"The amount you save varies from one vehicle to another, but if you talk about lowering your speed from 65 mph to 55, it would be somewhere in the 7 to 10 percent range," said Therese Langer, a transportation expert with the nonprofit American Council for an Energy Efficient Economy.
"And this idea is a better deal for those vehicles that have lower fuel economy. For, say, an unaerodynamic SUV, the savings you get from reducing your speed are more significant."
Truckers are on board
Thousands of truckers aren't waiting for the government to order another slowdown. They're doing the math and setting their own speed limits.
"It's a difficult issue," said Clayton Boyce, a spokesman for the American Trucking Association. "People want to be free to run down the highway at whatever speed they can. But there is a need right now, especially for environmental reasons, to conserve fuel."
To improve fuel economy across entire tractor-trailer fleets, many firms have dialed down the top-speed settings in the computers that control the truck engines.
"A rule of thumb is that every 5 mph costs about one-half mile per gallon in diesel fuel," said Duane Long, chairman of Raleigh-based Longistics. "If a fully loaded truck gets only 6 miles to a gallon and slows down from 75 to 65 mph, that makes a big difference."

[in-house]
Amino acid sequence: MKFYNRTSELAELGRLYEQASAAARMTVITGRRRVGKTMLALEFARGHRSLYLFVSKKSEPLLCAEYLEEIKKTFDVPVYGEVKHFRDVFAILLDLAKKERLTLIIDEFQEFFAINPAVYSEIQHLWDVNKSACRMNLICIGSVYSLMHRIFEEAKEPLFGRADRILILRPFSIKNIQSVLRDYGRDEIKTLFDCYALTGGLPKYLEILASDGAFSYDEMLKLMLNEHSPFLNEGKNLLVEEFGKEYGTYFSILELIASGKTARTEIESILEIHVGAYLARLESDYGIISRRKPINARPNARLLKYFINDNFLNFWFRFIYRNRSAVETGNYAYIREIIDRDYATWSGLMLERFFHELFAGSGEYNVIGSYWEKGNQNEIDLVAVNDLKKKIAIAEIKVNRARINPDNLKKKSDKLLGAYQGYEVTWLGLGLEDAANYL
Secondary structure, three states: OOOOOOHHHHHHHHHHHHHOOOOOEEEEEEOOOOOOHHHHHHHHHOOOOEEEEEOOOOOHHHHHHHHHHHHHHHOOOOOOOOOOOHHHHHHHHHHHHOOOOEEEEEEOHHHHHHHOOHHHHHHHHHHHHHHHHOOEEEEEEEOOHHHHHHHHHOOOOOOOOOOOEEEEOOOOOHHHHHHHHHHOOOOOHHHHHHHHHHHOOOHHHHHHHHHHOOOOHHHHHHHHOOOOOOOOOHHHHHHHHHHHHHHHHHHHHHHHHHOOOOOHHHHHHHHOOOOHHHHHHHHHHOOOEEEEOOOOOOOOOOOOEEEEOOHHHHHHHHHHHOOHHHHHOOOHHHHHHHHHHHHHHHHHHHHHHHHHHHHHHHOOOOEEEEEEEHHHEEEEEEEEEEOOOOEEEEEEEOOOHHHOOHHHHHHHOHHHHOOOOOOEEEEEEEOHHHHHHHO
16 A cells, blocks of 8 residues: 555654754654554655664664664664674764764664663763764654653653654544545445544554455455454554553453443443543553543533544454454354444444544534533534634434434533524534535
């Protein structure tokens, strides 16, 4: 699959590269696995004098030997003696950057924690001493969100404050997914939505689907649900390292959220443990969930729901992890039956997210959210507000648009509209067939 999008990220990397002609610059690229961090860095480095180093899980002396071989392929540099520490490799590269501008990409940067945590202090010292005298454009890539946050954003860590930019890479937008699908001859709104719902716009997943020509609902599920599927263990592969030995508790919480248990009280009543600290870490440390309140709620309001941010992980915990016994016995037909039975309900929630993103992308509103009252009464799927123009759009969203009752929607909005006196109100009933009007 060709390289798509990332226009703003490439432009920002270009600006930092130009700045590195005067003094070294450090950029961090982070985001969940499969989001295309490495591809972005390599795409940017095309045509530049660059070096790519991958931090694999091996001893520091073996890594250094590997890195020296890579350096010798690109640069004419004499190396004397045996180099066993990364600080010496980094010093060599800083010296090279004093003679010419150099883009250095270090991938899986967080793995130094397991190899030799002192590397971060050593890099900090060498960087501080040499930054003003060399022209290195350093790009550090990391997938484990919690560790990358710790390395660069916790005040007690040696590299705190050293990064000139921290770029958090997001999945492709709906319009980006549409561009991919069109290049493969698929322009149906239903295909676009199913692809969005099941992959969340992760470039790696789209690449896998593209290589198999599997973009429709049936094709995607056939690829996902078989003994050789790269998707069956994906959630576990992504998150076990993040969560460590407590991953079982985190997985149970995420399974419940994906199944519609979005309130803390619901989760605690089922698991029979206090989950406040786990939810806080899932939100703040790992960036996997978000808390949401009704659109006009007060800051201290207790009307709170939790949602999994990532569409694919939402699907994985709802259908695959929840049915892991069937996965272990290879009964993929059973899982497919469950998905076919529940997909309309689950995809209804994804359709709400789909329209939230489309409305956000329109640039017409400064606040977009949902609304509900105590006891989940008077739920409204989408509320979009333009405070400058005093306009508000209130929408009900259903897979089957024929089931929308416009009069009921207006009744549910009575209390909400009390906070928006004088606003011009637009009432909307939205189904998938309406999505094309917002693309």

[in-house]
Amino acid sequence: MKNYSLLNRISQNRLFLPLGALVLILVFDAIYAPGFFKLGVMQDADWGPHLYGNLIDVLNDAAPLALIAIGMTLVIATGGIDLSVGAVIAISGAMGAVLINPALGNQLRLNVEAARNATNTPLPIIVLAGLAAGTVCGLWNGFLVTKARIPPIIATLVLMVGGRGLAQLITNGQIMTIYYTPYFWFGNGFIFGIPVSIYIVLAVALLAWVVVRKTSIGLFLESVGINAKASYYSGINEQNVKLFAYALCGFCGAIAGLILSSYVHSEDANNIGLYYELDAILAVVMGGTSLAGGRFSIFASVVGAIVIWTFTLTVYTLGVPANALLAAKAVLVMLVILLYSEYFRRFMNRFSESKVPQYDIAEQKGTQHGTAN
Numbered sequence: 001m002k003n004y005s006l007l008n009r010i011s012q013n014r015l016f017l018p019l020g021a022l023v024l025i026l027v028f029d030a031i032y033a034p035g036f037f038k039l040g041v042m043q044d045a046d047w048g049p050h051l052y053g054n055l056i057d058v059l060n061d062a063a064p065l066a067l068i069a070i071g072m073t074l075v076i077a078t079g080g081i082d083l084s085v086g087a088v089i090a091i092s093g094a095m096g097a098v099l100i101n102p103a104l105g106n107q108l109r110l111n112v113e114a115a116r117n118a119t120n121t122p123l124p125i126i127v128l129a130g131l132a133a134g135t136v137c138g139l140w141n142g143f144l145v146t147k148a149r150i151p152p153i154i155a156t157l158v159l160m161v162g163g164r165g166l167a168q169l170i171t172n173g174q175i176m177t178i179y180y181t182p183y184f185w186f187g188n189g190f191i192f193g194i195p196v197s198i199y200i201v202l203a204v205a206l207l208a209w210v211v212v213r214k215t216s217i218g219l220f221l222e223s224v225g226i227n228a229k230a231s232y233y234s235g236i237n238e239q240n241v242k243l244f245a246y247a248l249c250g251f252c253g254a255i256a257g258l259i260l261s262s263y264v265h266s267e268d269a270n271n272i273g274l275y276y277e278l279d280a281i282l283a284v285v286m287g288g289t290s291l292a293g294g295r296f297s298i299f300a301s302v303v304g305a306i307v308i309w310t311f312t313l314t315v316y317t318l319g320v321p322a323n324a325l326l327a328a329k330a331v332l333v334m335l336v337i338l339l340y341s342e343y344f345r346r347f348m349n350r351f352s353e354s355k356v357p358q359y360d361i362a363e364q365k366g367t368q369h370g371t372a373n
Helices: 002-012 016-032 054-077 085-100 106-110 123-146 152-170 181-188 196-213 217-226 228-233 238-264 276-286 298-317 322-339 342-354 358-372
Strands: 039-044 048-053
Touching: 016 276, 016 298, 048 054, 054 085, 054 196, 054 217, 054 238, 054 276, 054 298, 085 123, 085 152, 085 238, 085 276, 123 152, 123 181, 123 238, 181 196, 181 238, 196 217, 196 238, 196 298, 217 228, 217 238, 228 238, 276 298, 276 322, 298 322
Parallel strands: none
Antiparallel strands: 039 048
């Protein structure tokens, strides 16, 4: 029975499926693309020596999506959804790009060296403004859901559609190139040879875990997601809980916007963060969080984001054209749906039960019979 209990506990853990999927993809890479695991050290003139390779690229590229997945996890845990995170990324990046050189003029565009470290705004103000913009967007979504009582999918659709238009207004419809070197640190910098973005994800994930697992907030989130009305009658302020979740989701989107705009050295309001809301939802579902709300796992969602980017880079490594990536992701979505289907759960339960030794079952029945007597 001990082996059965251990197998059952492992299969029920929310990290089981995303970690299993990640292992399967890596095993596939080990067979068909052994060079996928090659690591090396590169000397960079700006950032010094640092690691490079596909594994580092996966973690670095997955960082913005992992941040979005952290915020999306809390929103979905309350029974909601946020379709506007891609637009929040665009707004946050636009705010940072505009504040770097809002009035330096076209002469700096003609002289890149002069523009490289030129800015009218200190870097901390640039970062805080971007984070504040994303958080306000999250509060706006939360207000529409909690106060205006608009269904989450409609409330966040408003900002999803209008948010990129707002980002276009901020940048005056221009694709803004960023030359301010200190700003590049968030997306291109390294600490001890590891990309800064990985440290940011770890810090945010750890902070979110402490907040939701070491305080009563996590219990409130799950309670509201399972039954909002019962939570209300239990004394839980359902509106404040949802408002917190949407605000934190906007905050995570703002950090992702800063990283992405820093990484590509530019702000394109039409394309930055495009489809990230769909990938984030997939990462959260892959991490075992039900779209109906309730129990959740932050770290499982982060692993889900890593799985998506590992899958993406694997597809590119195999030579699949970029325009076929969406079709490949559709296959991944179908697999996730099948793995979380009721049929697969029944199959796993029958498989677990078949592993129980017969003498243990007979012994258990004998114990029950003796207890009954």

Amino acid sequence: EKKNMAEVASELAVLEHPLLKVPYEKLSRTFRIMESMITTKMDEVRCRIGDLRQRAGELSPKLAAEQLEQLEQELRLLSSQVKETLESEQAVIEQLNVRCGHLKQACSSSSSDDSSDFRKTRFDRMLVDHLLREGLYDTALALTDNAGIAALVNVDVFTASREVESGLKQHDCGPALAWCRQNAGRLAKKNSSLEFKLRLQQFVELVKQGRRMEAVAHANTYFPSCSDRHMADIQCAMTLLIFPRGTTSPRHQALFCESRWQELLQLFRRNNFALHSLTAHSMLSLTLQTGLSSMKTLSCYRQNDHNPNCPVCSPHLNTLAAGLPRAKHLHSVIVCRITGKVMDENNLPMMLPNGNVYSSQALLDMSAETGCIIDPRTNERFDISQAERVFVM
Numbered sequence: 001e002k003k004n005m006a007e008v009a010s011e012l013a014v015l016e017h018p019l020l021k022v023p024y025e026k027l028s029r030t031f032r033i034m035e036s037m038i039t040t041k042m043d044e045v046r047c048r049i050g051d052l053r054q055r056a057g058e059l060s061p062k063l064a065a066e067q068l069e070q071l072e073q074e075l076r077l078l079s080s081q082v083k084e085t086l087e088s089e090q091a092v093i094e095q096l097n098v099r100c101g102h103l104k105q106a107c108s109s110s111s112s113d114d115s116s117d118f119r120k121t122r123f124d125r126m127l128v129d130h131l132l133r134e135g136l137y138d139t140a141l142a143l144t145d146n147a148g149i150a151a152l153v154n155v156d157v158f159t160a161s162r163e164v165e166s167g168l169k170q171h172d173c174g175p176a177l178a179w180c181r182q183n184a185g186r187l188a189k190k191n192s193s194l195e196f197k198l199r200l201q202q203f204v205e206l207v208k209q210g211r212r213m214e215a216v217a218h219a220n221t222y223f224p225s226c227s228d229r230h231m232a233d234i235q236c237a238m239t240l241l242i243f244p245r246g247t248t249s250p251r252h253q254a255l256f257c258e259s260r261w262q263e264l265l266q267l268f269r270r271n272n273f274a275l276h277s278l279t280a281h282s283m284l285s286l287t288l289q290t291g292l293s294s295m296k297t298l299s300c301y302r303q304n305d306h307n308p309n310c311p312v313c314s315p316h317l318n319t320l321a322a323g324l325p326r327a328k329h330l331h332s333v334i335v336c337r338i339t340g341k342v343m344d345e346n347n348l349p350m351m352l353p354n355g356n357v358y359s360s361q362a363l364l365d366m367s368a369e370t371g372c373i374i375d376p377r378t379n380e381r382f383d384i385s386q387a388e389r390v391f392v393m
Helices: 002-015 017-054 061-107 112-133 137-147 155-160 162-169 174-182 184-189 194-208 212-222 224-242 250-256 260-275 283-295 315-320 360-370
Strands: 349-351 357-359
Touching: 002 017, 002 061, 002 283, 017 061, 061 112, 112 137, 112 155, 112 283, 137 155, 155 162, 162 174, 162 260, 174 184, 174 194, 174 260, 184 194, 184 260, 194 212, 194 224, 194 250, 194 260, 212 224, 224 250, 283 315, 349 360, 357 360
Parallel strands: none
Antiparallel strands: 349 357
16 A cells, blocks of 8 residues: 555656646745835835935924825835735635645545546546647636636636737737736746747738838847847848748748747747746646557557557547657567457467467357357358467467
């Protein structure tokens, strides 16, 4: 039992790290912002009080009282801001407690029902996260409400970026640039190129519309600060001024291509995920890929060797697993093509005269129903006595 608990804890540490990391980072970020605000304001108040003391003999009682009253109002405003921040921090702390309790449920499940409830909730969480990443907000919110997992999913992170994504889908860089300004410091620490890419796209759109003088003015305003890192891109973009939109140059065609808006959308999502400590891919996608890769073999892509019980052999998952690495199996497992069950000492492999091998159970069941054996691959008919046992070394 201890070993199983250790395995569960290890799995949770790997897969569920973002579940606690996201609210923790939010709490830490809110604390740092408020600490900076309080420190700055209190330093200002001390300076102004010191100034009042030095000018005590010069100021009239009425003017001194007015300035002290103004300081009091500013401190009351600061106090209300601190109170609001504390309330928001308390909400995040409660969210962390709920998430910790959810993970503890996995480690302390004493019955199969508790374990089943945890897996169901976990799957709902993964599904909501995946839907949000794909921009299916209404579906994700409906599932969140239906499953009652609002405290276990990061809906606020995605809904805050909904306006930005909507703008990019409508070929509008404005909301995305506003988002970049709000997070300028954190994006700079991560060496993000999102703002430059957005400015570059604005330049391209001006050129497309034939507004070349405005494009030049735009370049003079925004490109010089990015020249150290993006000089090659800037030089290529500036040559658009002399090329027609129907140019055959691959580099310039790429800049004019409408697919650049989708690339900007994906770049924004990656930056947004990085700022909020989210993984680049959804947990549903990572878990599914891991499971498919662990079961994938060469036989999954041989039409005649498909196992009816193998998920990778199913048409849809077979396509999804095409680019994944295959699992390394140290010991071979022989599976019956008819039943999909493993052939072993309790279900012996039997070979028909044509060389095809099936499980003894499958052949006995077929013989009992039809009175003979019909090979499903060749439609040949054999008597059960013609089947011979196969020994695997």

Con-Way Freight, based in Michigan, said in March it had reduced top speeds on its 8,400 trucks from 65 to 62 mph -- cutting its fuel bill by $1.2 million a month. Wisconsin-based Schneider National, the nation's biggest trucking firm, said it will save 3.8 million gallons a year by trimming the top speed from 63 to 60 mph for its 10,800 trucks.
The American Trucking Association has not found any sponsors in Congress for what may sound like a modest proposal: a national speed limit of 65 mph.
Boyce said the nation would save 2.8 billion gallons of diesel fuel and 8.7 billion gallons of gas over the next decade if cars and trucks drove no faster than 65.
Longistics runs its trucks at a top speed of 65 mph. Long would gladly slow down -- but he says it's safer for everybody if trucks keep up with the flow of traffic.
"If you're going a lot slower than the average car, then you have cars moving in and around the trucks like bees," Long said. "I don't think that's good for anyone."